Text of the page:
In recent years the Green Building Council of South Africa (GBCSA) in collaboration with global engineering and design firm ARUP produced “Survival Strategies for Existing Buildings”, a guide which imparts information on how to re-energise tired buildings. The GBCSA was established to promote and facilitate green building in South Africa’s property and construction industries. Key to their mandate is their suite of Green Star SA Rating Tools which enable the objective measurement of a building’s attributes.
“With uncertainty in the economy, increasing environmental pressures and changing legislation, making the most of existing buildings is a huge priority for both public and private owners and occupiers,” explains the guide. “Getting more from existing buildings will benefit users, the community, the environment, business and the bottom line. Conversely, inaction means that running costs will increase further, buildings will be penalised for poor performance, competitive advantage will decline and users will look elsewhere.”
In a nutshell, the guide provides a six step plan complemented by case studies and 200 simple initiatives to help building owners and facility managers make their buildings environmentally friendly, cost-effective, sustainable and more appealing for tenants. Arup offices in Australia, UK, Singapore and the USA have produced similar guides.
Buildings by nature are (or should be) long lived. Over time, the demands made on a structure change due to changes in the makeup and needs of its tenants and environmental and social influences. As such, a building must either evolve to remain viable or become redundant.
Built assets that are “tired or at risk of becoming tired” are (according to the guide) characterised by one or more of the following traits:
• Comparatively low rental levels compared to neighbouring buildings.
• Higher turnover of tenants and prolonged vacancy periods.
• Lower levels of occupier satisfaction.
• Increased investment and effort required to get the building to respond to the organisation’s current and possible future needs.
• Users and occupiers developing “workarounds” to the buildings problems.
• Increased inefficiencies in the functionality of the building.
• High building operation and servicing costs.
• High energy usage and consequently high energy costs.
The guide states that: “where these issues arise, building specific survival strategies must be developed. In some cases, minor interventions may be sufficient but in others some degree of refurbishment or retrofit will be appropriate. Demolition and new-build only become viable and relevant once other avenues to re-energise the asset have been exhausted.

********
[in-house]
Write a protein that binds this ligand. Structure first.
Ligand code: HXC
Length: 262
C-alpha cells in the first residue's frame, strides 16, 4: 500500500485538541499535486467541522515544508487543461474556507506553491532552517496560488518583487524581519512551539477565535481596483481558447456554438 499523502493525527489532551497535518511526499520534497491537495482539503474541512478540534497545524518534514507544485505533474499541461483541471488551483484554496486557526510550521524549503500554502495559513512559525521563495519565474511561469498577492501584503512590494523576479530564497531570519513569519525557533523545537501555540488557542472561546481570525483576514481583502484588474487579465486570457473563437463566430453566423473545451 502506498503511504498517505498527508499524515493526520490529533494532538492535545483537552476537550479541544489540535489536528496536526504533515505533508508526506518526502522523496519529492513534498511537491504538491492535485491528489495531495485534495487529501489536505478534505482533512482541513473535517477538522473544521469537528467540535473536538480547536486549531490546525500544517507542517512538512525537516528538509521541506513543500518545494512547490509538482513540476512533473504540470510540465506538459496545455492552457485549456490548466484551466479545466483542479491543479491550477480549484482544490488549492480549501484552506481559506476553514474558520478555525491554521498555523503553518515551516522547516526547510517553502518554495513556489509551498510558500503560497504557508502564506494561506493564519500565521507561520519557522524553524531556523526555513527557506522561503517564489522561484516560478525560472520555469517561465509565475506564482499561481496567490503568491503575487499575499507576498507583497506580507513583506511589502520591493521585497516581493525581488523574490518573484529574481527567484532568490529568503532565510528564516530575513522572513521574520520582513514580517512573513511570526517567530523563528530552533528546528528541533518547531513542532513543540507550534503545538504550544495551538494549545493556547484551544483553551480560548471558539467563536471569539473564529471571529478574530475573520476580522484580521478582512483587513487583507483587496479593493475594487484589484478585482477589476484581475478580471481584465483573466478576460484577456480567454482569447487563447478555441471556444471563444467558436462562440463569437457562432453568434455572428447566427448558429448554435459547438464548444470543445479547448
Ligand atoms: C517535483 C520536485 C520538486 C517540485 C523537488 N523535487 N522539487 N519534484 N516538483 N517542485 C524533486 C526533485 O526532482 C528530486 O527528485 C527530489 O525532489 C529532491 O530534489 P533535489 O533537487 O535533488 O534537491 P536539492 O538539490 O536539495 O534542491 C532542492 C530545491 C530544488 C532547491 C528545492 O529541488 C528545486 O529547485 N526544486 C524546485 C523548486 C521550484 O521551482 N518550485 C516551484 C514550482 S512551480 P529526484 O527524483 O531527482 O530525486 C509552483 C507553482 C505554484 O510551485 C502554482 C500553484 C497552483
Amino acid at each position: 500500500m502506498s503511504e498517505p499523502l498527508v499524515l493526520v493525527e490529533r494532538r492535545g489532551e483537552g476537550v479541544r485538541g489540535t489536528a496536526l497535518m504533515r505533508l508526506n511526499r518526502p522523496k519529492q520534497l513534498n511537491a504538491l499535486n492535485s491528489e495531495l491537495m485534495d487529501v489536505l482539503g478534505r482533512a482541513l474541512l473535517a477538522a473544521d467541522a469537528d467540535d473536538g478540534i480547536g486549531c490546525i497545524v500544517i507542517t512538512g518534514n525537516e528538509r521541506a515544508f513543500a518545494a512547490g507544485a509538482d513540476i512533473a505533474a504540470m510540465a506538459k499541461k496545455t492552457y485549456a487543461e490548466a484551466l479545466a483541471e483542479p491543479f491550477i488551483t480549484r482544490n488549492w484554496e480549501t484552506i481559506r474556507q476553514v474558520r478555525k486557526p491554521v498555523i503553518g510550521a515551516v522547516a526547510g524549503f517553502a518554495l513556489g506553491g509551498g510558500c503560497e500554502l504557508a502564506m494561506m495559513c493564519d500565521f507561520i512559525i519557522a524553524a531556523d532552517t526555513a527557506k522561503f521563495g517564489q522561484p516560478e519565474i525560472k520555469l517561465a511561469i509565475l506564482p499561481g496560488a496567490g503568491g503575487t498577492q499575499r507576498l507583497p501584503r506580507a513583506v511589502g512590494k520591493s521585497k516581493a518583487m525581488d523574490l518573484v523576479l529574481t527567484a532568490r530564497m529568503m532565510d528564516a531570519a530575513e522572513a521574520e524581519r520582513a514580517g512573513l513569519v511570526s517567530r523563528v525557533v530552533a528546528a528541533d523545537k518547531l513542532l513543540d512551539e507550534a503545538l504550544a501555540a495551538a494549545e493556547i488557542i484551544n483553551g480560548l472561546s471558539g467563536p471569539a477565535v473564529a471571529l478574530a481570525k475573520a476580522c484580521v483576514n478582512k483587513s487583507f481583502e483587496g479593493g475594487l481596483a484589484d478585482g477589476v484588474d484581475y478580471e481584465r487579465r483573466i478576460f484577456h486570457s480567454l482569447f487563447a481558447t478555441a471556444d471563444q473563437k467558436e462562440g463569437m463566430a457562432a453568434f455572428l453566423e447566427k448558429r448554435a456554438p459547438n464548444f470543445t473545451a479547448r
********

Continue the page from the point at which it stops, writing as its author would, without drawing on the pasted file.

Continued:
“The only sensible strategy for owners of existing buildings is to consider what can be done to improve a building’s performance now to be relevant to the market of the future. Owners will have to work with or alter [the building’s] constraints to be able to respond to current and future market needs and trends.”
Further to this, the guide says that to remain competitive, owners and facility managers need to recognise and address a variety of occupier concerns such as better indoor air quality, more efficient lighting, reduced noise, high-level security, cutting edge information and communication technologies and ample informal meeting space. Ignoring such issues will eventually result in tenant loss which in turn leads to loss of rental income, increased letting costs, lower rents from incoming tenants and increased service charge costs and council rates.
So when should you consider re-energising your building? According to the guide, the right time to act should be before a significant gap emerges between the rent being achieved by your property and those in the same or equivalent locations and before your building loses a major, or multiple tenants. Of course action should be taken long before any of these scenarios occur. There are a host of new technologies which can be implemented to re-energise a building. Biomass heating systems, full life cycle costing, ground source energy, cogeneration, rainwater collection and water recycling are just a few such ‘tools’.
Given that South Africa is ranked among the top 20 CO2 emitting countries in the world, initiatives such as the guide shouldn’t be viewed merely as a nicety to be employed by property owners and facility managers seeking to appear “fashionable” but should be considered a very necessary tool for improving SA’s long-term environmental and energy outlook.